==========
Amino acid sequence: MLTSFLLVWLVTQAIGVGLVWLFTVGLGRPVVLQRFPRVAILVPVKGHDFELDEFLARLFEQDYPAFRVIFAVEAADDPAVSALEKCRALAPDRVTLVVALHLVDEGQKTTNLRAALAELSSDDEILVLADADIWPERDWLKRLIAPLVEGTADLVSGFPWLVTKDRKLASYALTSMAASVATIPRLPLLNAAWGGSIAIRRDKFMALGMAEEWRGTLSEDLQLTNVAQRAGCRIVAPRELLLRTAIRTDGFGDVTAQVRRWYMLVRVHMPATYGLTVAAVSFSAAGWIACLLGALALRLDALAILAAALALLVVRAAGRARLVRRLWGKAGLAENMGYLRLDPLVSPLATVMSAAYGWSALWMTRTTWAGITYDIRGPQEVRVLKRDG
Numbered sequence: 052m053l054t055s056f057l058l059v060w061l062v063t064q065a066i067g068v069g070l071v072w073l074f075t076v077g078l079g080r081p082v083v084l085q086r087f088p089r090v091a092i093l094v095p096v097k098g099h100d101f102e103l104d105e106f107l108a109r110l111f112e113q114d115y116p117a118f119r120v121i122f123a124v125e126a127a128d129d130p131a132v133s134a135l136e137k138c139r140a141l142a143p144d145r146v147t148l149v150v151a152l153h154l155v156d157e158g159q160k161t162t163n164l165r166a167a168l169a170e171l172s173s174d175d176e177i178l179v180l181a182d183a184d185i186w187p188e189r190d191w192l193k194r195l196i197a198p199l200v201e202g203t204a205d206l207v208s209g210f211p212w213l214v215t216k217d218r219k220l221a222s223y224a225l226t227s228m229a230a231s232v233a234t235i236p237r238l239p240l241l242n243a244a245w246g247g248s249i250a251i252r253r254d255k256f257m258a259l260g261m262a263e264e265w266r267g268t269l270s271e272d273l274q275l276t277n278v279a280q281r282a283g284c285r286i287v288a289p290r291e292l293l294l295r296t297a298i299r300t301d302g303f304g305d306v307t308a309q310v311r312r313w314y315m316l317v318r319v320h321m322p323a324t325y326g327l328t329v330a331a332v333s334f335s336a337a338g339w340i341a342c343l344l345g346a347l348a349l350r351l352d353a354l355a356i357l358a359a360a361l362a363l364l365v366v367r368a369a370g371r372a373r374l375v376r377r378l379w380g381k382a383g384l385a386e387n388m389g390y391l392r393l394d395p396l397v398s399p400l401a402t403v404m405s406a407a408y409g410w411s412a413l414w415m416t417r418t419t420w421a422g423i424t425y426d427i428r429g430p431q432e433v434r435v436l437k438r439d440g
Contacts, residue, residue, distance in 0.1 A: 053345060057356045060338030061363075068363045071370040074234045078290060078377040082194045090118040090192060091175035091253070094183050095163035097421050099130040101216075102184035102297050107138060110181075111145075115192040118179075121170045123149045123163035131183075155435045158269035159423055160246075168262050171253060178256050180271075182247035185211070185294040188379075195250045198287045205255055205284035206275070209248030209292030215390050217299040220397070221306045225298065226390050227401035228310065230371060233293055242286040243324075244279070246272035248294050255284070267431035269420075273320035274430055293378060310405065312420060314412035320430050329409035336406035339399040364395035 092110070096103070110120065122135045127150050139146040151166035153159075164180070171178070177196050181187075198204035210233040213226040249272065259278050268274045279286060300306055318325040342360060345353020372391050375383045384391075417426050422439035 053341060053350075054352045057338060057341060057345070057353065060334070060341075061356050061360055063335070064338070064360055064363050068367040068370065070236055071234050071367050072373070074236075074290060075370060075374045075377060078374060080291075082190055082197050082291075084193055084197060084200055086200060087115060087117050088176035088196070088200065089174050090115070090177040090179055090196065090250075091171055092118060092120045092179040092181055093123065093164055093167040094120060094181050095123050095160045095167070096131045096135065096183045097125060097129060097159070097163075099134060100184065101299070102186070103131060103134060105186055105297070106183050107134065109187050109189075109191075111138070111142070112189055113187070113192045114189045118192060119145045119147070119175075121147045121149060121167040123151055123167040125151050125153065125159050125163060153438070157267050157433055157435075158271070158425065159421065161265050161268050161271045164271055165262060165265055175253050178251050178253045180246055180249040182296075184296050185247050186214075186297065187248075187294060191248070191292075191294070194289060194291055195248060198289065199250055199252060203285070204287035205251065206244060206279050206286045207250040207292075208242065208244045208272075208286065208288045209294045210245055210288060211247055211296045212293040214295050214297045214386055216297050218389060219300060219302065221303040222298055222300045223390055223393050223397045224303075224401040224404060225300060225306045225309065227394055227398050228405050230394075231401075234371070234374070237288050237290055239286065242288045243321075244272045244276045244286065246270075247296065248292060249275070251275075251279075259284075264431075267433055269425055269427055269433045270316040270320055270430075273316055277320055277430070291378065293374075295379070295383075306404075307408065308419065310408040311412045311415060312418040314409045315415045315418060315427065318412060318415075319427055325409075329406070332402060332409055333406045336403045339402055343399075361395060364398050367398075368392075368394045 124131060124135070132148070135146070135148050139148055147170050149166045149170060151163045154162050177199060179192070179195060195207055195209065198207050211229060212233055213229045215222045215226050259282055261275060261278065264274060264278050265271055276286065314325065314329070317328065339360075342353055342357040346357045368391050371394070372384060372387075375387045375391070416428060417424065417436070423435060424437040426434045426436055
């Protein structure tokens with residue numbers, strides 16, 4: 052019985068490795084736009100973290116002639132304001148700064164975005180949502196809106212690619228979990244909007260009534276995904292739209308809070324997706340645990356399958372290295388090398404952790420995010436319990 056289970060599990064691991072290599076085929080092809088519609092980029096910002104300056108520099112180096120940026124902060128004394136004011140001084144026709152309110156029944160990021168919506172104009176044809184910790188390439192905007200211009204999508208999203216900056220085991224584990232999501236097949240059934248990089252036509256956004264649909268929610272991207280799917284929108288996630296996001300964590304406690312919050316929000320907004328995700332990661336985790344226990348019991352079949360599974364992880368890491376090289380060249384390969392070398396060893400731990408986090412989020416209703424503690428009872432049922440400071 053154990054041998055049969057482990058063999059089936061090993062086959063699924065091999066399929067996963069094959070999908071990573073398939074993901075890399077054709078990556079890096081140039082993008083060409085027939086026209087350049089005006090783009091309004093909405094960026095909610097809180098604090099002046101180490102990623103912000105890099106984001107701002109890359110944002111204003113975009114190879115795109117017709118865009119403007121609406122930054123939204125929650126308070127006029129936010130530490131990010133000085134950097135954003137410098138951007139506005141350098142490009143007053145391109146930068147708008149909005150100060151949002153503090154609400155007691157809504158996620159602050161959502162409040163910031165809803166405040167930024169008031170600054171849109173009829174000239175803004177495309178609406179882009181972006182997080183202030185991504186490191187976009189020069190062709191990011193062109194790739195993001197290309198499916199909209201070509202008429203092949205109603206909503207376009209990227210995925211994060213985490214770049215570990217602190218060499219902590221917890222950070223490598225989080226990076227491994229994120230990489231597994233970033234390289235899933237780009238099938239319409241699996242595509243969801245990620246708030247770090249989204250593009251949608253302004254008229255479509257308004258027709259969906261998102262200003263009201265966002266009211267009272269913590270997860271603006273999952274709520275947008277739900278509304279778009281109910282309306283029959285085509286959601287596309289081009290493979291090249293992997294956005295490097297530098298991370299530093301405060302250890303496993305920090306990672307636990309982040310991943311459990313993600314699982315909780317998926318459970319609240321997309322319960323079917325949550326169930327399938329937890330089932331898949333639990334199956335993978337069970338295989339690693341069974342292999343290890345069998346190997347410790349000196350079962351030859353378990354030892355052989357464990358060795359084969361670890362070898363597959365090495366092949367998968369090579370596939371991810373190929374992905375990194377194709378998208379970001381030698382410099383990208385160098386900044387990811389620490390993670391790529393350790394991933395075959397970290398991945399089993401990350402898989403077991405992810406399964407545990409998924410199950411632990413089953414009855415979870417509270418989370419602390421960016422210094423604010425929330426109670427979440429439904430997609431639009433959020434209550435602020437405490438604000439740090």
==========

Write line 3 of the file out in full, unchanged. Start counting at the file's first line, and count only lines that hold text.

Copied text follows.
Contacts, residue, residue, distance in 0.1 A: 053345060057356045060338030061363075068363045071370040074234045078290060078377040082194045090118040090192060091175035091253070094183050095163035097421050099130040101216075102184035102297050107138060110181075111145075115192040118179075121170045123149045123163035131183075155435045158269035159423055160246075168262050171253060178256050180271075182247035185211070185294040188379075195250045198287045205255055205284035206275070209248030209292030215390050217299040220397070221306045225298065226390050227401035228310065230371060233293055242286040243324075244279070246272035248294050255284070267431035269420075273320035274430055293378060310405065312420060314412035320430050329409035336406035339399040364395035 092110070096103070110120065122135045127150050139146040151166035153159075164180070171178070177196050181187075198204035210233040213226040249272065259278050268274045279286060300306055318325040342360060345353020372391050375383045384391075417426050422439035 053341060053350075054352045057338060057341060057345070057353065060334070060341075061356050061360055063335070064338070064360055064363050068367040068370065070236055071234050071367050072373070074236075074290060075370060075374045075377060078374060080291075082190055082197050082291075084193055084197060084200055086200060087115060087117050088176035088196070088200065089174050090115070090177040090179055090196065090250075091171055092118060092120045092179040092181055093123065093164055093167040094120060094181050095123050095160045095167070096131045096135065096183045097125060097129060097159070097163075099134060100184065101299070102186070103131060103134060105186055105297070106183050107134065109187050109189075109191075111138070111142070112189055113187070113192045114189045118192060119145045119147070119175075121147045121149060121167040123151055123167040125151050125153065125159050125163060153438070157267050157433055157435075158271070158425065159421065161265050161268050161271045164271055165262060165265055175253050178251050178253045180246055180249040182296075184296050185247050186214075186297065187248075187294060191248070191292075191294070194289060194291055195248060198289065199250055199252060203285070204287035205251065206244060206279050206286045207250040207292075208242065208244045208272075208286065208288045209294045210245055210288060211247055211296045212293040214295050214297045214386055216297050218389060219300060219302065221303040222298055222300045223390055223393050223397045224303075224401040224404060225300060225306045225309065227394055227398050228405050230394075231401075234371070234374070237288050237290055239286065242288045243321075244272045244276045244286065246270075247296065248292060249275070251275075251279075259284075264431075267433055269425055269427055269433045270316040270320055270430075273316055277320055277430070291378065293374075295379070295383075306404075307408065308419065310408040311412045311415060312418040314409045315415045315418060315427065318412060318415075319427055325409075329406070332402060332409055333406045336403045339402055343399075361395060364398050367398075368392075368394045 124131060124135070132148070135146070135148050139148055147170050149166045149170060151163045154162050177199060179192070179195060195207055195209065198207050211229060212233055213229045215222045215226050259282055261275060261278065264274060264278050265271055276286065314325065314329070317328065339360075342353055342357040346357045368391050371394070372384060372387075375387045375391070416428060417424065417436070423435060424437040426434045426436055